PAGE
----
3. Be assertive 
 (note: not aggressive) If you want to photograph something, just do it. Stop worrying about what others may think.

4.Your photographs reflect who you are

As Susan Sontag wrote: 
The photographer was thought to be an acute but non-interfering observer- a scribe, not a poet. But as people quickly discovered that nobody takes the same picture of the same thing, the supposition that cameras furnish an impersonal, objective image yielded to the fact that photographs are evidence not only of what's there but of what an individual sees, not just a record but an evaluation of the world

And I have found this so telling of the people I've come across. Evelyn's shots of charming cafes and pretty fields bathed in soft light and gorgeous smiles hint at her dreamy and girly personality. Likewise for my senior Ivan Tan, whose photographs are unbearably beautiful, yet there are undercurrents of melancholia across his work. And there's my coursemate who shoots only in film, and regards himself as an "old soul". I don't know why, but I find this so fascinating. Through photography, the essence of people is manifested in tangible form.

5. Step out of your comfort zone and ask strangers for their portraits
People bring your pictures to life. In Bali, I finally mustered my courage to approach strangers, and it was so rewarding to see their flattered and happy expressions as they posed obligingly for the camera. I tried doing that in Singapore, which is so much harder because Singaporeans are naturally reserved and guarded. Also, you should never treat people like specimens, it's just demeaning. This observation by Susan Sontag still haunts me:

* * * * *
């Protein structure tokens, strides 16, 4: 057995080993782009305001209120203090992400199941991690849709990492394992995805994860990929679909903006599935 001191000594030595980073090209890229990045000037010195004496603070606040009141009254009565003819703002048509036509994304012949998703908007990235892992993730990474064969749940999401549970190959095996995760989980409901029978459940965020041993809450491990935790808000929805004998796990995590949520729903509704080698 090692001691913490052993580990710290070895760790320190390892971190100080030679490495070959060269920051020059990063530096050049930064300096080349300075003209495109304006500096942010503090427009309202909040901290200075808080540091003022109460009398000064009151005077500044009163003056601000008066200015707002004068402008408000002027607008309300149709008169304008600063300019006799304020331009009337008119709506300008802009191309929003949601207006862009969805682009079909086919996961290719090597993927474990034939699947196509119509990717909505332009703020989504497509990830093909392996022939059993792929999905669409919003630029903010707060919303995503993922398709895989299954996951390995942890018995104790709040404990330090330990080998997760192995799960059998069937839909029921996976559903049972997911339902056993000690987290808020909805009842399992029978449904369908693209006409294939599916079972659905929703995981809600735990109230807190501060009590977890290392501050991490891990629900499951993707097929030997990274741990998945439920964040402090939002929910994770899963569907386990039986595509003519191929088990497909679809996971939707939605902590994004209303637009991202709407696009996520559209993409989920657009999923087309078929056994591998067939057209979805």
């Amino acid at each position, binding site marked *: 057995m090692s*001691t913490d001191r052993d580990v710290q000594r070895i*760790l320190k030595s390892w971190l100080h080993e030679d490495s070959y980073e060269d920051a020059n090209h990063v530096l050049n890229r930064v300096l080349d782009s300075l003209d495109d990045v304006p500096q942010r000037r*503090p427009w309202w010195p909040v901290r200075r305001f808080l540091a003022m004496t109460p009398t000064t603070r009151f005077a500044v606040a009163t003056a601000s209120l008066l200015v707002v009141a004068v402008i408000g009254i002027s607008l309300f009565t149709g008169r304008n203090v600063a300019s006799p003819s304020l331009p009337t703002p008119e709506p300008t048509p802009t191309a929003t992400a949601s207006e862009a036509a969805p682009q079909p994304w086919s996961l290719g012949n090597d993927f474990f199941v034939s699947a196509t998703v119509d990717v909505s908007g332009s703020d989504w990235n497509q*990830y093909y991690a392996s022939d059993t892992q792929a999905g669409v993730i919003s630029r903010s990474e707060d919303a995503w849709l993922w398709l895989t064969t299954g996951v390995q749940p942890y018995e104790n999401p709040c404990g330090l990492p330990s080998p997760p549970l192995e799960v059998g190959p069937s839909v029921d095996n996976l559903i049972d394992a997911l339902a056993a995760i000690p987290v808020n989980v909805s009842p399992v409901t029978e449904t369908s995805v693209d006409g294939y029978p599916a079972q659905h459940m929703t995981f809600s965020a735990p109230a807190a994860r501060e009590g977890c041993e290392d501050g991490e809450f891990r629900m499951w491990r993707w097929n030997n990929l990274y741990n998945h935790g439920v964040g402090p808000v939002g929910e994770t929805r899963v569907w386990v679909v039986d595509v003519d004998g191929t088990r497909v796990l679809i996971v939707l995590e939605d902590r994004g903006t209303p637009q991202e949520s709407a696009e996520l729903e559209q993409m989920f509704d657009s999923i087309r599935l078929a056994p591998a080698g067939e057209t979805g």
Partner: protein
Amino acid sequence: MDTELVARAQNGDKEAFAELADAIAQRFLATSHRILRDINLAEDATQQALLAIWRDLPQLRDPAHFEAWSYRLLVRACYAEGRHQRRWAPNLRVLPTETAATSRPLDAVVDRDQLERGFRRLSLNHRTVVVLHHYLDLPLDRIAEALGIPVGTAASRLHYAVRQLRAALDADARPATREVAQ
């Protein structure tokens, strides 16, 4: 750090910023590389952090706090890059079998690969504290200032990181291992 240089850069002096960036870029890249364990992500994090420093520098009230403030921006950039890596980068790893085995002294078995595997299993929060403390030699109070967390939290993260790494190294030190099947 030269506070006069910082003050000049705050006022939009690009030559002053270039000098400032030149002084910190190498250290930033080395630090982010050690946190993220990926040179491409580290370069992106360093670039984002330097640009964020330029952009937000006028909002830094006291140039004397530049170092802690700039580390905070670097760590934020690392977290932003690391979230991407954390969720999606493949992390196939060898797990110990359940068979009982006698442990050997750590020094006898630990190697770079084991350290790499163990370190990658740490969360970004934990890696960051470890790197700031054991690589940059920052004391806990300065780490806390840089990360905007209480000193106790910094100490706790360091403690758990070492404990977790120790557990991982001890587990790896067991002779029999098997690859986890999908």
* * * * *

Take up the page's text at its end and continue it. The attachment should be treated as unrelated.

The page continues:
“To photograph people is to violate them, by seeing them as they never see themselves, by having knowledge of them they can never have; it turns people into objects that can be symbolically possessed. Just as the camera is a sublimation of the gun, to photograph something is a sublimated murder- a soft murder, appropriate to a sad, frightened time.”

6. Don't forget to put down your camera
While photography gives an “appearance of participation” (Sontag), it can never be substituted for the real thing. Don't be so obsessed with finding the perfect shot that you forget to live and take in everything around you.

7. And finally, as Tzang once told my class:  Be sublime.

Sunday, July 8, 2012

kindred spirit

And as we talked, I saw how the likeness of ourselves were mirrored in each other. But you were better than me, a dreamer, someone who was spontaneous and kind and far braver than myself. Unlike me, you were not content with languishing in a cesspit of stagnancy, you acknowledged the need for change, for reinvention of oneself. You didn't have to delve deep into yourself, scour murky depths in order to locate the words- they came naturally to you. You didn't choose to close yourself off from the world, or remain indifferent, you didn't pull away when people tried to reach out for you. You were always on the search for beauty, carefully gathering them up in your hands like fistfuls of stardust.